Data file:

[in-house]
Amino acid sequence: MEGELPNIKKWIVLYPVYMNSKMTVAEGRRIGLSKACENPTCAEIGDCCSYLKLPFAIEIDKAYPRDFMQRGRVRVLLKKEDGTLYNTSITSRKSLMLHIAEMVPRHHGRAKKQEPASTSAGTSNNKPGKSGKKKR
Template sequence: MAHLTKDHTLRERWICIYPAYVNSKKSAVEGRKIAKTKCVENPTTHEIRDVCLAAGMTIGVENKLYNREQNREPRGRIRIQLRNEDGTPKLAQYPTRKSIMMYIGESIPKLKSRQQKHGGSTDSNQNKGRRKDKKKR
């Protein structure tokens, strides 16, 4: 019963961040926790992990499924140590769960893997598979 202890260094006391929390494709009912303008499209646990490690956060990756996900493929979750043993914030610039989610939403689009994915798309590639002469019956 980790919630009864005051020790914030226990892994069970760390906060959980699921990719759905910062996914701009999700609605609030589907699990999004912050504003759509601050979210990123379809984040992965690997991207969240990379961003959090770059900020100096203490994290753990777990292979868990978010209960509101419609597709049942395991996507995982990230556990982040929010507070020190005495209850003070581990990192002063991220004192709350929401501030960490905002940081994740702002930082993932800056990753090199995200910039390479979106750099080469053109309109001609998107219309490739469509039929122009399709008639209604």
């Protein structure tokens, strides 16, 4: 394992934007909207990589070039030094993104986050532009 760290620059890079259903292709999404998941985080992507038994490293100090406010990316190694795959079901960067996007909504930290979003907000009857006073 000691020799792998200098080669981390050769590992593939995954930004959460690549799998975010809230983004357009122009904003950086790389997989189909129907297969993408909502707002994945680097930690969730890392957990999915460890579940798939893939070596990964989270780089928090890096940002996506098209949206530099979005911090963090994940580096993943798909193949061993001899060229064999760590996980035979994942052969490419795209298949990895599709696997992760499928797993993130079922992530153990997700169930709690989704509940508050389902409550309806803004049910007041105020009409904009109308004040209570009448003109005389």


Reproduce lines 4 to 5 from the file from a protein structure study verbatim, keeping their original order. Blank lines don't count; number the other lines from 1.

């Protein structure tokens, strides 16, 4: 019963961040926790992990499924140590769960893997598979 202890260094006391929390494709009912303008499209646990490690956060990756996900493929979750043993914030610039989610939403689009994915798309590639002469019956 980790919630009864005051020790914030226990892994069970760390906060959980699921990719759905910062996914701009999700609605609030589907699990999004912050504003759509601050979210990123379809984040992965690997991207969240990379961003959090770059900020100096203490994290753990777990292979868990978010209960509101419609597709049942395991996507995982990230556990982040929010507070020190005495209850003070581990990192002063991220004192709350929401501030960490905002940081994740702002930082993932800056990753090199995200910039390479979106750099080469053109309109001609998107219309490739469509039929122009399709008639209604």
């Protein structure tokens, strides 16, 4: 394992934007909207990589070039030094993104986050532009 760290620059890079259903292709999404998941985080992507038994490293100090406010990316190694795959079901960067996007909504930290979003907000009857006073 000691020799792998200098080669981390050769590992593939995954930004959460690549799998975010809230983004357009122009904003950086790389997989189909129907297969993408909502707002994945680097930690969730890392957990999915460890579940798939893939070596990964989270780089928090890096940002996506098209949206530099979005911090963090994940580096993943798909193949061993001899060229064999760590996980035979994942052969490419795209298949990895599709696997992760499928797993993130079922992530153990997700169930709690989704509940508050389902409550309806803004049910007041105020009409904009109308004040209570009448003109005389």